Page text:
Monument Valley by Ustwo is an award-winning game for iPhone and iPad that combines architecture and video games, in which the user journeys through puzzling isometric-perspective spaces. While architecture appears in the background of many games, architecture takes center stage in Monument Valley.
Praised for its serene aesthetics and mind-bending optical puzzles, the game won Apple’s iPad Game of the Year Award in 2014 and has sold over 26 million copies since May 2014. You may have read our review of the game back when it came out. Since then, Ken Wong, the game’s lead designer, has left Ustwo and started his own craft games studio in Melbourne, Mountains. Today we had the pleasure of talking with Ken Wong about the creative process behind Monument Valley.
Orli Hakanoglu: The highly architectural nature of the game caught our attention here at Architizer. What’s your relationship to the field, and do you have any favorite architects or building styles?
Ken Wong: I come from an illustration background. I’m definitely a layman when it comes to architecture. But I think all forms of storytelling cross over. The more you understand a chosen creative field, the more that other forms and mediums open up to you. So though I may lack formal education, I feel like I’m able to study architecture through a lens of storytelling and visual design.
Image via Gamespot
Every frame of the game is like a work of art. Can you talk a bit about your aesthetic decision-making and creative process?
Thank you, that’s a huge compliment. Each screen of the game is usually based on one puzzle or geometric idea that we’re trying to convey to the player. We start by creating a ‘white box’ version, which is playable and has hints of architecture but looks more like a blueprint. We user-test, discuss feedback and iterate until players can reliably solve puzzles with the right amount of friction. We then do an art pass, which fills in details and color. Because we’re working in an entirely digital environment, we can experiment and improvise a lot. All the color palettes, for example, are the result of freeform tweaking as opposed to a formal plan.
Images via Ken Wong’s Pinterest
Can you share with us some of the visual inspiration you were drawing from?
We looked at a wide range of architecture, from Moroccan mosques to temples in India. We also studied what I like to call ‘little worlds’: any self-contained structure enclosed in an empty void, like a dollhouse or a bonsai tree. We found examples of little worlds in graphic art, sculpture and architectural models. It became an important principle that, in Monument Valley, everything you need to solve a puzzle is contained within a screen.
You were in a small team of eight: artists with an interest in programming and programmers with an artistic sense. What was the breakdown of work between team members?
Three programmers, one artist, one QA (quality assurance), two producers and myself as game designer. As you mentioned, in truth some of the members wore various different hats at different times. The game took 10 months to produce.
Image via World-Architects.com
Some of the most rewarding moments in playing the game occur when it seems there is no logical way for Ida to move forward, yet a seemingly simple shift in angle reveals an optical illusion that allows the player to progress. Such illusions remind me of M.C. Escher’s drawings, in a way. What was the design process like for creating those illusions?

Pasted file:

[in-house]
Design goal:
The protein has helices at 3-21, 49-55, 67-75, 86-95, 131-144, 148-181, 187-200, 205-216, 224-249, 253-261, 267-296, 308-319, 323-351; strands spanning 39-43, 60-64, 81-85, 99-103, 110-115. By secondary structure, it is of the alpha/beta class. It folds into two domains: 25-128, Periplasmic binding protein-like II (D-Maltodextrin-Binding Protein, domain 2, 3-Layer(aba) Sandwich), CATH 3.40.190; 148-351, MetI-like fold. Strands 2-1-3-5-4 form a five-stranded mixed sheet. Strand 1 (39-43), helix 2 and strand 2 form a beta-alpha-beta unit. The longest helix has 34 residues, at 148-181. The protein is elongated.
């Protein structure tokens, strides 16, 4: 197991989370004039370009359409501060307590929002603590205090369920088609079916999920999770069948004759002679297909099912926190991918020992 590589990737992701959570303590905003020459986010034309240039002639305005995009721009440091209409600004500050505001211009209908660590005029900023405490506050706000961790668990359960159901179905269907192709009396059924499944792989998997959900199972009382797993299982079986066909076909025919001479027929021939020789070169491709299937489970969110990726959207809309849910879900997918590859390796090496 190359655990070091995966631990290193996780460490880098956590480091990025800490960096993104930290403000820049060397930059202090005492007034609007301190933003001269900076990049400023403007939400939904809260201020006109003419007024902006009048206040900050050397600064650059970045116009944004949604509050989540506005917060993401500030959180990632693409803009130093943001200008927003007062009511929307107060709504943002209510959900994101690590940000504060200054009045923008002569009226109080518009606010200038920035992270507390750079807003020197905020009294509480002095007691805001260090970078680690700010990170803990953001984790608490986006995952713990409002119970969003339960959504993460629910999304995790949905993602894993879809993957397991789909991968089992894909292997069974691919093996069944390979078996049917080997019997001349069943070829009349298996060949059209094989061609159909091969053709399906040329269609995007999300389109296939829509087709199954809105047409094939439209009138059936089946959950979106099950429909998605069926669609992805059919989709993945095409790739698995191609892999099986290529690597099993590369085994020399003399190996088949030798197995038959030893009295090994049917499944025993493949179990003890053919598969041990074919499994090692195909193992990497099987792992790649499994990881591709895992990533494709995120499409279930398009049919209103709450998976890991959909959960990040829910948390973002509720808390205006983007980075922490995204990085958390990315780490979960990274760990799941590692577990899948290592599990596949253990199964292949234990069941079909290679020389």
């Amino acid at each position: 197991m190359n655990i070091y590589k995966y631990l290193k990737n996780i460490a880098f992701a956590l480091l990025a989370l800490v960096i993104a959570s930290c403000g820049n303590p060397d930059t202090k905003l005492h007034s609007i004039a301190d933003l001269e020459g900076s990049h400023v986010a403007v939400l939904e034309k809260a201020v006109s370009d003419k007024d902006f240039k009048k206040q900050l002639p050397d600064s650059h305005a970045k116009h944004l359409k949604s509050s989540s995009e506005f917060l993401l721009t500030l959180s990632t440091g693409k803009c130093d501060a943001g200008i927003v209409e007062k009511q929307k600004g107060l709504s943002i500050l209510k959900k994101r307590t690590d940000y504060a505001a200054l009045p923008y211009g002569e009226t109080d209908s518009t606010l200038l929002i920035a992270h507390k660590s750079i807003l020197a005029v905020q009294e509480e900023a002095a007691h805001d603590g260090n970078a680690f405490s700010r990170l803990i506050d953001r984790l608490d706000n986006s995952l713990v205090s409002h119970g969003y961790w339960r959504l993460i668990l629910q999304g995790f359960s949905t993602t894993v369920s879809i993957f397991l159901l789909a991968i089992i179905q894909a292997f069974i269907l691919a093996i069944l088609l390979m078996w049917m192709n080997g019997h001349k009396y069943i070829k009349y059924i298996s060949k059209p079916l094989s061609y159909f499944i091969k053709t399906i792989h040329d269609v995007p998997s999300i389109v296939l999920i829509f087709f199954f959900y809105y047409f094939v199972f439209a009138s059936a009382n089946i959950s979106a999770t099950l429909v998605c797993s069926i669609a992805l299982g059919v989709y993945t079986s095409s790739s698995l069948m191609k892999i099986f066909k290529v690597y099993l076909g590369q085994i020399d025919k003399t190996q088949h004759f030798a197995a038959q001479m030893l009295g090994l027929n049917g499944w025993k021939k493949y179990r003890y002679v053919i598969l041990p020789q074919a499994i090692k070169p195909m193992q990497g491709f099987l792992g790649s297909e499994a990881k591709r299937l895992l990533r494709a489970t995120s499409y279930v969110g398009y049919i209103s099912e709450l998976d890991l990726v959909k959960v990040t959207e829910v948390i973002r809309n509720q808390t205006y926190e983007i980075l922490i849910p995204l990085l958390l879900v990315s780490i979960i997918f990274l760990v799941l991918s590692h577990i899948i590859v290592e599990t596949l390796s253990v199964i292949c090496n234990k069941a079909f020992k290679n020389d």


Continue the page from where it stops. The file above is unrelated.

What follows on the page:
Growing up, I had an interest in special effects for movies. Many of these ‘in-camera’ effects were the result of perspective tricks and fakery. Additionally, if you really understand computer graphics, you realize everything is a trick. Elaborate systems are designed to fake perspective, light and depth, to emulate the real world. Creating digital, interactive illusions is a bit like inventing a new magic trick; you present the player with one version of the truth, but behind the scenes, you’ve spent months constructing an elaborate setup that allows for another version of the truth to be the solution to the puzzle.
The game is in isometric perspective. Did you ever think of using a different representational technique?
Most of the illusions in the game require an orthographic projection to work.
What was one of the greatest challenges while developing the game? What did you find most rewarding?
I think if something wasn’t challenging, we found ways to make it challenging! I guess finding the right aesthetic for sound and music stands out as it’s a highly subjective topic and most of us lacked the vocabulary to give meaningful feedback. Undoubtedly the most rewarding aspect was getting awards, articles, emails and tweets from people outside of the typical gaming audience. We heard from parents of three-year-old players, from teachers who used the game in their classroom and from people in their 60s. We’re very proud and humbled that we were able to connect with such a wide range of people.
One last question: Is there a story behind the highly lovable totem character? (I for one had an oddly emotional connection to it and was overjoyed when it returned after disappearing for a number of levels.) How did it come to be?
The Totem at first served a gameplay function. Ida can walk on him (we usually refer to the Totem as a ‘he’), but he can also move, which allows for interesting puzzle design. This companion relationship produced a really strong emotional response, which we decided to exploit!
All images via the Monument Valley website unless otherwise noted
Step behind the scenes to learn more about how Monument Valley was produced: